Remember, one tough situation doesn’t have to set the tone for the entire day. Every day has the potential to be a great one. You just have to let it.

Have a Healthy Relationship With Social Media

Social media is a great way to stay in touch with family and friends while physical distancing.

However, passively scrolling through your feed can do more harm than good. There are many apps out there that can help you monitor your daily screen time. You can also designate phone-free time throughout the day and avoid using your phone during meals and before bed.

Meet Face to Face Six Feet Apart

Of course, social media, texting, and email are great tools

However, it’s much easier to have deep and meaningful conversations in person. With a little creativity there are plenty of ways you can have face to face conversations with your friends and family. Just be sure to stand at least 6 feet apart. Learn More

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Talking To Children About Racism

Most children will start noticing physical differences in others and start asking questions around the age of three.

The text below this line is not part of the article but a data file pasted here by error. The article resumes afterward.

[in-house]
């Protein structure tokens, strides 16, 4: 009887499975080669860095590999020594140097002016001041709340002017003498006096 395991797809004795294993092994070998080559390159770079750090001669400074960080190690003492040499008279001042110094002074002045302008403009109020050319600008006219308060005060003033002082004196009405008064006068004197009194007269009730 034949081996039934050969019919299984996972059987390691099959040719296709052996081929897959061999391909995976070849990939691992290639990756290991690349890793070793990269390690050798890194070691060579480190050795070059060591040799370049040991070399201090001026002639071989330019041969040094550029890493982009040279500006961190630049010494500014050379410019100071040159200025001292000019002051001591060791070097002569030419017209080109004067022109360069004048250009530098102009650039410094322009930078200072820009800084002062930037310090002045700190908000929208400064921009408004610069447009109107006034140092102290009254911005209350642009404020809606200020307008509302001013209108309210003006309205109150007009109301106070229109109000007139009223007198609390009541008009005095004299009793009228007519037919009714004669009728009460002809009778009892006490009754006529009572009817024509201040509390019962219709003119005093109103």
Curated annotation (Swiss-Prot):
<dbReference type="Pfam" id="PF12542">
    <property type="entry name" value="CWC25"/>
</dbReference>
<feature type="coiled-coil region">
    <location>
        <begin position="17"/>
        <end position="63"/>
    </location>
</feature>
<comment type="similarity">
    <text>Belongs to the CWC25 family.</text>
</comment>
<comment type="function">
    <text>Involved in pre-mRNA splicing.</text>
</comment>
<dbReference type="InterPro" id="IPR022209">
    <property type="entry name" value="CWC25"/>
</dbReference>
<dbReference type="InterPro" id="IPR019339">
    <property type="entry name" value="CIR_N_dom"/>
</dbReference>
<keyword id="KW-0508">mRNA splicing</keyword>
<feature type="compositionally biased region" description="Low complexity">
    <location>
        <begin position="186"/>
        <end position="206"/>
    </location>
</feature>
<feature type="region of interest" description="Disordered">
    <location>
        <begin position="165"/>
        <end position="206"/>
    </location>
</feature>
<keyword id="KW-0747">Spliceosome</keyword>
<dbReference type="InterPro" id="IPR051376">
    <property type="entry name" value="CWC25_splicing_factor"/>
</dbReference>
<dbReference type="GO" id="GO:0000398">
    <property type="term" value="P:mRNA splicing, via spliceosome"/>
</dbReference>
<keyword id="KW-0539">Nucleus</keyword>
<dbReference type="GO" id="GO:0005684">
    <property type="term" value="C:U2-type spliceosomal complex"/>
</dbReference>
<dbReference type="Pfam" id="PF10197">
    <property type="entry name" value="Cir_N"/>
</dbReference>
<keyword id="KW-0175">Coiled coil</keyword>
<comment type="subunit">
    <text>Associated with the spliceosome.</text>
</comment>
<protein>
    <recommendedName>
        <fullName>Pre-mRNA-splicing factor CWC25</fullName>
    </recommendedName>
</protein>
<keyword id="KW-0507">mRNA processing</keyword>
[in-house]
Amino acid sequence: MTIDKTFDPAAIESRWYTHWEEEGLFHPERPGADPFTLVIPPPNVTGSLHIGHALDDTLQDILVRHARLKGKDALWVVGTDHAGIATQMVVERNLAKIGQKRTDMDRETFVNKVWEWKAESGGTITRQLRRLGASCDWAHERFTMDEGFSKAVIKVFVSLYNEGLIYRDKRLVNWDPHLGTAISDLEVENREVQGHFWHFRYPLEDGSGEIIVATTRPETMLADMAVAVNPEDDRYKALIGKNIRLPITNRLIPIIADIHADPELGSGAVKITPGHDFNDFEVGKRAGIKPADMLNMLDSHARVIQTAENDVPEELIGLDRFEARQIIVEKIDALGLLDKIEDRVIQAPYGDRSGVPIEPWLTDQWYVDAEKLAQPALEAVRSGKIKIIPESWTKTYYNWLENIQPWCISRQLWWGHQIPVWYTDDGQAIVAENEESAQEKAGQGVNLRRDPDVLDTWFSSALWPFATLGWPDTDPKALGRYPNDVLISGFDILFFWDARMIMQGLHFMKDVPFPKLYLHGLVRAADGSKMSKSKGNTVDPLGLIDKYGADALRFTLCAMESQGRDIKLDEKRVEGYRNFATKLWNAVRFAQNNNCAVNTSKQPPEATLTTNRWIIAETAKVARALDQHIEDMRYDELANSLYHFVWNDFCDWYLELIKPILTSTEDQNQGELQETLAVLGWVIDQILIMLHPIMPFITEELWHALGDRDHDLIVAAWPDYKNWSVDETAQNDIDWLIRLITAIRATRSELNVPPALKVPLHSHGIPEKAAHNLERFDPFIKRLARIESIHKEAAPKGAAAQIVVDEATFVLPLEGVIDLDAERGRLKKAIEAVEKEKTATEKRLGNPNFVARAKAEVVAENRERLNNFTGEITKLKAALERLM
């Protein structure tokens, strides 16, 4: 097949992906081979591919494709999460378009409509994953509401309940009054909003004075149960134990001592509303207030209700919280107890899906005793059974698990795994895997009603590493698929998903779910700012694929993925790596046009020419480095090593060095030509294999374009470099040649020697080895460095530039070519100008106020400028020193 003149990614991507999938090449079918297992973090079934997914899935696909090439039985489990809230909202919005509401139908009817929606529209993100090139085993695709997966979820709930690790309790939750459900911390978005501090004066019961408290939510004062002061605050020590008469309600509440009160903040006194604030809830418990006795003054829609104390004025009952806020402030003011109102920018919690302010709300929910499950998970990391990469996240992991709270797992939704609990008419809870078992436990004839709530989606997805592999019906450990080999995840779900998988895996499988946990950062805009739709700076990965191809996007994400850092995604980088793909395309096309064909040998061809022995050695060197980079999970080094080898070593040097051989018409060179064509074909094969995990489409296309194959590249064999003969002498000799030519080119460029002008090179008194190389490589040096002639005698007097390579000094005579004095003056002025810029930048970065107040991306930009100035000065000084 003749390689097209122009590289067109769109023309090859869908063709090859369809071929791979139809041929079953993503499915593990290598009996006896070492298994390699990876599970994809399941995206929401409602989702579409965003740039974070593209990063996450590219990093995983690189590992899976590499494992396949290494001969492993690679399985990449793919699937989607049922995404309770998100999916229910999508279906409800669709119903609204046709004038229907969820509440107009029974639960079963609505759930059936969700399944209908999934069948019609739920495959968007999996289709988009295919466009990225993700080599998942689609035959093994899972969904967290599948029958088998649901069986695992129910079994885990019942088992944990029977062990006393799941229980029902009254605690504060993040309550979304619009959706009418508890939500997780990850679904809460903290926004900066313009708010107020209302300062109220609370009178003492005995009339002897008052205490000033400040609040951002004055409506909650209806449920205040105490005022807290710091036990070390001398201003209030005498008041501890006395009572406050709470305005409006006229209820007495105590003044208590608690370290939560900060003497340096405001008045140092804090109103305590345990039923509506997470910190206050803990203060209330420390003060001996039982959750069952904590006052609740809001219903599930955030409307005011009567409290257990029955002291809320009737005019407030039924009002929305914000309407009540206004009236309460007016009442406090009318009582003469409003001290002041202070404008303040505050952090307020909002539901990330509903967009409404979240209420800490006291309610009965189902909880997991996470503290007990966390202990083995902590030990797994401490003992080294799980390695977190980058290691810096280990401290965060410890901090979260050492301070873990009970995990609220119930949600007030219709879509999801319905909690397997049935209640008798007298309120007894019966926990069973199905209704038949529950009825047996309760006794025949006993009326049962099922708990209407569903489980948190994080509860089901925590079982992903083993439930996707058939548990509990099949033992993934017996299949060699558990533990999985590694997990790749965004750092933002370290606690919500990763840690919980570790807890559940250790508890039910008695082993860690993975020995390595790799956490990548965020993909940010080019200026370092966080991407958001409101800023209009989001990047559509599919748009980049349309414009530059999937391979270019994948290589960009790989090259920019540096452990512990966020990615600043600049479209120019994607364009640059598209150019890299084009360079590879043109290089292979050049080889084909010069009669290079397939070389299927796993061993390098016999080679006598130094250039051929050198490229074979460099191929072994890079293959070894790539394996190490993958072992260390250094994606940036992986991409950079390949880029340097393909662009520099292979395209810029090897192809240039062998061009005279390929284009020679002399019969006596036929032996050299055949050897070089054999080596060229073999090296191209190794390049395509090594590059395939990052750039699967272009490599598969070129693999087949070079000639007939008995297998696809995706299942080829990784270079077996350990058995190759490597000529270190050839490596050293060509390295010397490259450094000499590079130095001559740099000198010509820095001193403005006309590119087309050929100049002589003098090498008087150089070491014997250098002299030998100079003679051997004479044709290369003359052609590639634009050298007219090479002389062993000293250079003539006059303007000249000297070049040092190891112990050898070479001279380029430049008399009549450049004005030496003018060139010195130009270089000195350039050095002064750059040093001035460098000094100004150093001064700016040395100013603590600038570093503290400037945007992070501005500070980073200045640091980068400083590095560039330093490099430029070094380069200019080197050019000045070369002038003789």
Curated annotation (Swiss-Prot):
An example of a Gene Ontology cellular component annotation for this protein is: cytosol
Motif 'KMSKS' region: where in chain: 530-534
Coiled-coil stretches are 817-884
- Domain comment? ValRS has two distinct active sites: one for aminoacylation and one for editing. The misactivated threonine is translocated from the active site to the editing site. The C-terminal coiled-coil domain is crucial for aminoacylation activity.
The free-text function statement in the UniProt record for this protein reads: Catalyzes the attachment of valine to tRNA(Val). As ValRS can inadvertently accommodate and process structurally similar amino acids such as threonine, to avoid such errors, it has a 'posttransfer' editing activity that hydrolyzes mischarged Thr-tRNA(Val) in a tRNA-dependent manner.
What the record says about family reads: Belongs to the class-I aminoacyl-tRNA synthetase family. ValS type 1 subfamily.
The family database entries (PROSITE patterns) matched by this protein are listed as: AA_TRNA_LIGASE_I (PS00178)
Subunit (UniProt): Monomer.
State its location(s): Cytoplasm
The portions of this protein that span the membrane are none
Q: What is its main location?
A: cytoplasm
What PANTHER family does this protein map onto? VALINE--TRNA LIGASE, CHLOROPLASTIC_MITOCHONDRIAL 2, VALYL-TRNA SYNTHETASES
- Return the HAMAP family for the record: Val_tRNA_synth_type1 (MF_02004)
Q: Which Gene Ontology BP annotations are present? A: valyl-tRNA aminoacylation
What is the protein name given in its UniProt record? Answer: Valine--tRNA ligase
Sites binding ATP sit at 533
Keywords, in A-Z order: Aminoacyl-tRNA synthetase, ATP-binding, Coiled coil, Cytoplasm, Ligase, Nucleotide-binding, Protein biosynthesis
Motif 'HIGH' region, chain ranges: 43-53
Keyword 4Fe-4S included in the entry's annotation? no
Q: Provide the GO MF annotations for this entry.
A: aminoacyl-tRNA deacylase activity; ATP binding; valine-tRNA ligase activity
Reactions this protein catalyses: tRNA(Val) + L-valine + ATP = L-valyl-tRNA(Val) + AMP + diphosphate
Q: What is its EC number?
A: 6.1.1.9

At that point, you can sit down with your child and start the conversation. 

Empathy:

It’s never too early to teach your child about empathy and fairness.

Encourage them to think about and try to understand what someone else might be thinking or feeling. It may take some time for them to fully grasp what empathy means, but practice makes perfect.

Practicing empathy can also help your child establish friendships and work well with others.

Educate:

There are so many excellent educational children’s books, movies, and shows out there. You can read books or watch programs with them. That way, you can easily answer any questions they may have and encourage conversation. 

Be There And Listen:

Children get curious and love to ask questions. However, as kids get older, it’s common for them to go to their friends before you. 

Establishing healthy and open communication at an early age will help them both now and later in life. Remind them that you are always there and there is no such thing as a stupid question. 

Of course, parents don’t know everything. So, if your child ever comes to you with a question you don’t know the answer to, don’t push it aside. Instead the two of you can figure it out together. 

“Change will not come if we wait for some other person or some other time. We are the ones we’ve been waiting for. We are the change that we seek.”  —Barack Obama

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Connecting During Coronavirus

We are working on ways to help you stay connected during this time.  We are starting “Connecting During Coronavirus,” which will include online resources, live video classes with tips for how to cope and thrive, as well as live streamed yoga classes.  We hope you will join us!